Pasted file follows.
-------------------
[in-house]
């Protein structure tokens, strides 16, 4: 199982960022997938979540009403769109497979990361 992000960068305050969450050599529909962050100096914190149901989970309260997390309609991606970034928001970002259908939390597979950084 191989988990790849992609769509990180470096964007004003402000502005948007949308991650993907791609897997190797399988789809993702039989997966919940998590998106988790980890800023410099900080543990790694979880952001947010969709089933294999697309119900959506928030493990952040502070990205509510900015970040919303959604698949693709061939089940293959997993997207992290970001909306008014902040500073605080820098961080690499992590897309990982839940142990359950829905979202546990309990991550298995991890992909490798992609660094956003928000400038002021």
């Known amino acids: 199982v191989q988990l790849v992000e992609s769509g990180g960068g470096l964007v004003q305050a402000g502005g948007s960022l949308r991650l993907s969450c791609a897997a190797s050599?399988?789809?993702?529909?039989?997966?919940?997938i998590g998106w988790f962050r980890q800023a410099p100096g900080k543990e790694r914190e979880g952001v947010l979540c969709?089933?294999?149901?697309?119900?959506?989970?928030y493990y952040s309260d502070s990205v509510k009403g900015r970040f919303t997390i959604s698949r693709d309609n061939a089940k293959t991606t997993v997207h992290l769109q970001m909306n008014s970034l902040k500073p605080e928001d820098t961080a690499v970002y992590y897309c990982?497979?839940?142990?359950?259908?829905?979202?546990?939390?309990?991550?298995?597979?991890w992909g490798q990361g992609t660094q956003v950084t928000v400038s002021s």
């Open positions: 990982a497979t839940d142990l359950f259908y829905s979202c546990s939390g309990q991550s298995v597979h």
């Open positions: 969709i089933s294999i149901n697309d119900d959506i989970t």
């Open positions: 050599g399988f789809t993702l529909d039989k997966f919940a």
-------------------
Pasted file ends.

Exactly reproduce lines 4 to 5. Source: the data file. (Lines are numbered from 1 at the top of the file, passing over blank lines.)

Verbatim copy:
């Open positions: 990982a497979t839940d142990l359950f259908y829905s979202c546990s939390g309990q991550s298995v597979h």
């Open positions: 969709i089933s294999i149901n697309d119900d959506i989970t």